At the Ethical Supply Chains Panel at the World Justice Forum IV on July 9, participants discussed the relationship between productive business and labor rights
While international supply chains help meet global consumer demand, inexpensive goods often come at the expense of workers and their communities. Too often, inexpensive labor results in human rights violations and environmental degradation. Panelists considered the following questions: What are the best means for creating ethical and sustainable supply chains that are also profitable for business? What strategies and models exist for meeting and implementing existing international labor and environmental laws, norms, and codes of conduct? What are effective ways to monitor, measure, and rectify restrictions to justice? How do we educate consumers about their choices?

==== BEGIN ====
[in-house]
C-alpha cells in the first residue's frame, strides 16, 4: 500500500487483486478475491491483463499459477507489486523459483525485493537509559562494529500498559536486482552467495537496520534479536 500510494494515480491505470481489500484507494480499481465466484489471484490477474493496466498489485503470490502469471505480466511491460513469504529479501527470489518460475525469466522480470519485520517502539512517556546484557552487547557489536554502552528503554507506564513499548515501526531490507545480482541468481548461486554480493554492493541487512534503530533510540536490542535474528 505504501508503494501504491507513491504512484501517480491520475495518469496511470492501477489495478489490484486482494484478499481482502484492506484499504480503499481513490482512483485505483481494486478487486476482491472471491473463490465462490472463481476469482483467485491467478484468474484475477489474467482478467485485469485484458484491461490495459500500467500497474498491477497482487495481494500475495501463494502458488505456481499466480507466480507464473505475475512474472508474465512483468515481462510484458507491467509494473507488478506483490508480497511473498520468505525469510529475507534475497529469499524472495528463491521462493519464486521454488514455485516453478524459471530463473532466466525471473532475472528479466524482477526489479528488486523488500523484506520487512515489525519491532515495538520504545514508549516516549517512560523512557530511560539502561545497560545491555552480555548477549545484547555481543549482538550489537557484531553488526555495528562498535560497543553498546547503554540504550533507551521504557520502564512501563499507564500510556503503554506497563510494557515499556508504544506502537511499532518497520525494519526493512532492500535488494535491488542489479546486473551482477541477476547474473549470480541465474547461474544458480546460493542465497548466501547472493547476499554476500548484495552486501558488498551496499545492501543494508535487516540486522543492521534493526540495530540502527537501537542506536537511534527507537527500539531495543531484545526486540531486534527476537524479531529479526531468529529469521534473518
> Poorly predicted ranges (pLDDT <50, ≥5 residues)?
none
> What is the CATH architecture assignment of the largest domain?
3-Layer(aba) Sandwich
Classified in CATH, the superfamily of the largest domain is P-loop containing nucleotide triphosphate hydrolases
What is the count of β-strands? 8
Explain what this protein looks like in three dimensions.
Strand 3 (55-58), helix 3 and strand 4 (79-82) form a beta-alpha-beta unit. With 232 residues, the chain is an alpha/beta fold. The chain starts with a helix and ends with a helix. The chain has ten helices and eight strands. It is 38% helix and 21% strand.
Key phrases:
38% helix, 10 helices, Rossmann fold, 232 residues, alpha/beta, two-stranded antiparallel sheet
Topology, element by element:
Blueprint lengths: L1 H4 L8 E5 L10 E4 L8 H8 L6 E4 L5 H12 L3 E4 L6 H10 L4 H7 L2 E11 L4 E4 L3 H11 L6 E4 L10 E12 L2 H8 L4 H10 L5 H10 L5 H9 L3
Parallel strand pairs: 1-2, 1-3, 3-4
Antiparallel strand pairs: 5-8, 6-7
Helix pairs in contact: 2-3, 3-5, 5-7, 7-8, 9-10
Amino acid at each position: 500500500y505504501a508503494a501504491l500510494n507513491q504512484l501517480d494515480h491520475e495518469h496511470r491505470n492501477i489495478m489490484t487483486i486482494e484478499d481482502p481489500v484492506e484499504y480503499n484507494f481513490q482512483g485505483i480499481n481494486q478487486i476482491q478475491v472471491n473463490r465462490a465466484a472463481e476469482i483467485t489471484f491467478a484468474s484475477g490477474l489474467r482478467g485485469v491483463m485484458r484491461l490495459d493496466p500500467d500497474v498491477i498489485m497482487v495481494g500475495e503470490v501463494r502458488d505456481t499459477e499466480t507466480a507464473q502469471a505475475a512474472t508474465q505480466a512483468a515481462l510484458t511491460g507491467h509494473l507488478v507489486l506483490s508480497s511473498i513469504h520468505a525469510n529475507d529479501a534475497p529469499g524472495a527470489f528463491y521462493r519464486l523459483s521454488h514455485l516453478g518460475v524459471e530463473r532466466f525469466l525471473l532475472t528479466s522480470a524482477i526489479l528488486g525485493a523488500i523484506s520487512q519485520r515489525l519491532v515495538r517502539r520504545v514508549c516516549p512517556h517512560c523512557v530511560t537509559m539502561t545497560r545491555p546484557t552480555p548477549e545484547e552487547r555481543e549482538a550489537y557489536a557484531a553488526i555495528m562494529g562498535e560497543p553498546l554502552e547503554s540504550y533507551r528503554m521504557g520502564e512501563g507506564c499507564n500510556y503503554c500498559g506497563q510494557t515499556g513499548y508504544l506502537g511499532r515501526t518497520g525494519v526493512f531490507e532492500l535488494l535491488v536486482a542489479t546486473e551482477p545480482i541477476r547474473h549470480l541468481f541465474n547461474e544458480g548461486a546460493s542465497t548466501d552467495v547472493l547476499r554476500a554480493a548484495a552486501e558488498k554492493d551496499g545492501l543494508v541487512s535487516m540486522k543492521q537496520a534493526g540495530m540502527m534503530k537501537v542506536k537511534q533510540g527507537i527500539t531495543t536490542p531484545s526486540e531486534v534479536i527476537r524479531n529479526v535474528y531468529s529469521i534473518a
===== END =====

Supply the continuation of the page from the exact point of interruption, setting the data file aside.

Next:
- Margaret Levi, Jere L. Bacharach Professor of International Studies, Department of Political Science, University of Washington; Chair in Politics, U.S. Studies Centre, University of Sydney (USA/Australia)
- Sheri Flies, Assistant General Merchandising Manager, Costco Wholesale Corp. (USA)
- Ou Virak, President, Cambodian Center on Human Rights (Cambodia)
- Katie Quan, Associate Chair, UC Berkeley Center for Labor Research and Education, Institute for Research on Labor and Employment (USA)
- Auret van Heerden, President & CEO, Fair Labor Association (South Africa)